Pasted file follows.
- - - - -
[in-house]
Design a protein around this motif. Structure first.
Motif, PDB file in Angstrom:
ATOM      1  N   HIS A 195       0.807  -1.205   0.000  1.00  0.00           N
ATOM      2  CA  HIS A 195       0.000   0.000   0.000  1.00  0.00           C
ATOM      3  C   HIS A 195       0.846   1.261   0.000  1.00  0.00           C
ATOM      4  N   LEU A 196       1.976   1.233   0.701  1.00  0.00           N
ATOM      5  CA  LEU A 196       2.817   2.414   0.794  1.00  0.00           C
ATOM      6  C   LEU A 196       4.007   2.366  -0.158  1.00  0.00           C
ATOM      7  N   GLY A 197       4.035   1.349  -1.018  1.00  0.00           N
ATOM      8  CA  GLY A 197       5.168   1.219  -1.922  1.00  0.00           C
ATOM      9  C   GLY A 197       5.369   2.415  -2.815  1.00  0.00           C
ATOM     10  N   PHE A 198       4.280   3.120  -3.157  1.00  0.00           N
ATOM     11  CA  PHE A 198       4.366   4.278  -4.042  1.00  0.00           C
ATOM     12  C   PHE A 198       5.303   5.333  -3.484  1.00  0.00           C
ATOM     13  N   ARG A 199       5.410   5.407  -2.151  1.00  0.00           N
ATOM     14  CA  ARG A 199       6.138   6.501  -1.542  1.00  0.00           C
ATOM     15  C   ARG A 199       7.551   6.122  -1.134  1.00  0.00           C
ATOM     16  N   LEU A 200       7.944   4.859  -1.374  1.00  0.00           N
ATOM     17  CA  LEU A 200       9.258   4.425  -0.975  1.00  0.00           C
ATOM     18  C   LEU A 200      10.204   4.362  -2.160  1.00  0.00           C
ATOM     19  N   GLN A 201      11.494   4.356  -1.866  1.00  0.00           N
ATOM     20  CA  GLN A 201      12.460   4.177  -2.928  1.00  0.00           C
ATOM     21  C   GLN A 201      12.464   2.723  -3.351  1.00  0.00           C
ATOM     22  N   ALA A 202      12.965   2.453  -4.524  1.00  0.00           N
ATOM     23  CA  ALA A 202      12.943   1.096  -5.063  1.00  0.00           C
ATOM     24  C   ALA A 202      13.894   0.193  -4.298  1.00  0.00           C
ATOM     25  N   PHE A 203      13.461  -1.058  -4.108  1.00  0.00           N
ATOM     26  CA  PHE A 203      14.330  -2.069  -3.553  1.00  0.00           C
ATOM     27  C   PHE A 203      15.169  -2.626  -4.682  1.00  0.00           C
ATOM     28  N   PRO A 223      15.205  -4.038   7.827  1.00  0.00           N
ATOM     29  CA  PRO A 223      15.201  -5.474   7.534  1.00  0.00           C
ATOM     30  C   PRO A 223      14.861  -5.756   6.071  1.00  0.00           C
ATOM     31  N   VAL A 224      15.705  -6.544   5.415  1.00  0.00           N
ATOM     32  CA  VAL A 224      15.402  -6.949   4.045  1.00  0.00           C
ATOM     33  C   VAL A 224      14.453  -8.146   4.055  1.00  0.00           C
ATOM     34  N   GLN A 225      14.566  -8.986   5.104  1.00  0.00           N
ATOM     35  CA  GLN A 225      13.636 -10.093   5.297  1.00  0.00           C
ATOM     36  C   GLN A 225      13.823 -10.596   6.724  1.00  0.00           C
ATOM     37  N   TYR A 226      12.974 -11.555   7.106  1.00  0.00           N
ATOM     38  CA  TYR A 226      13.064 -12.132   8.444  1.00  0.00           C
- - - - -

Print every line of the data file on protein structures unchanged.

[in-house]
Design a protein around this motif. Structure first.
Motif, PDB file in Angstrom:
ATOM      1  N   HIS A 195       0.807  -1.205   0.000  1.00  0.00           N
ATOM      2  CA  HIS A 195       0.000   0.000   0.000  1.00  0.00           C
ATOM      3  C   HIS A 195       0.846   1.261   0.000  1.00  0.00           C
ATOM      4  N   LEU A 196       1.976   1.233   0.701  1.00  0.00           N
ATOM      5  CA  LEU A 196       2.817   2.414   0.794  1.00  0.00           C
ATOM      6  C   LEU A 196       4.007   2.366  -0.158  1.00  0.00           C
ATOM      7  N   GLY A 197       4.035   1.349  -1.018  1.00  0.00           N
ATOM      8  CA  GLY A 197       5.168   1.219  -1.922  1.00  0.00           C
ATOM      9  C   GLY A 197       5.369   2.415  -2.815  1.00  0.00           C
ATOM     10  N   PHE A 198       4.280   3.120  -3.157  1.00  0.00           N
ATOM     11  CA  PHE A 198       4.366   4.278  -4.042  1.00  0.00           C
ATOM     12  C   PHE A 198       5.303   5.333  -3.484  1.00  0.00           C
ATOM     13  N   ARG A 199       5.410   5.407  -2.151  1.00  0.00           N
ATOM     14  CA  ARG A 199       6.138   6.501  -1.542  1.00  0.00           C
ATOM     15  C   ARG A 199       7.551   6.122  -1.134  1.00  0.00           C
ATOM     16  N   LEU A 200       7.944   4.859  -1.374  1.00  0.00           N
ATOM     17  CA  LEU A 200       9.258   4.425  -0.975  1.00  0.00           C
ATOM     18  C   LEU A 200      10.204   4.362  -2.160  1.00  0.00           C
ATOM     19  N   GLN A 201      11.494   4.356  -1.866  1.00  0.00           N
ATOM     20  CA  GLN A 201      12.460   4.177  -2.928  1.00  0.00           C
ATOM     21  C   GLN A 201      12.464   2.723  -3.351  1.00  0.00           C
ATOM     22  N   ALA A 202      12.965   2.453  -4.524  1.00  0.00           N
ATOM     23  CA  ALA A 202      12.943   1.096  -5.063  1.00  0.00           C
ATOM     24  C   ALA A 202      13.894   0.193  -4.298  1.00  0.00           C
ATOM     25  N   PHE A 203      13.461  -1.058  -4.108  1.00  0.00           N
ATOM     26  CA  PHE A 203      14.330  -2.069  -3.553  1.00  0.00           C
ATOM     27  C   PHE A 203      15.169  -2.626  -4.682  1.00  0.00           C
ATOM     28  N   PRO A 223      15.205  -4.038   7.827  1.00  0.00           N
ATOM     29  CA  PRO A 223      15.201  -5.474   7.534  1.00  0.00           C
ATOM     30  C   PRO A 223      14.861  -5.756   6.071  1.00  0.00           C
ATOM     31  N   VAL A 224      15.705  -6.544   5.415  1.00  0.00           N
ATOM     32  CA  VAL A 224      15.402  -6.949   4.045  1.00  0.00           C
ATOM     33  C   VAL A 224      14.453  -8.146   4.055  1.00  0.00           C
ATOM     34  N   GLN A 225      14.566  -8.986   5.104  1.00  0.00           N
ATOM     35  CA  GLN A 225      13.636 -10.093   5.297  1.00  0.00           C
ATOM     36  C   GLN A 225      13.823 -10.596   6.724  1.00  0.00           C
ATOM     37  N   TYR A 226      12.974 -11.555   7.106  1.00  0.00           N
ATOM     38  CA  TYR A 226      13.064 -12.132   8.444  1.00  0.00           C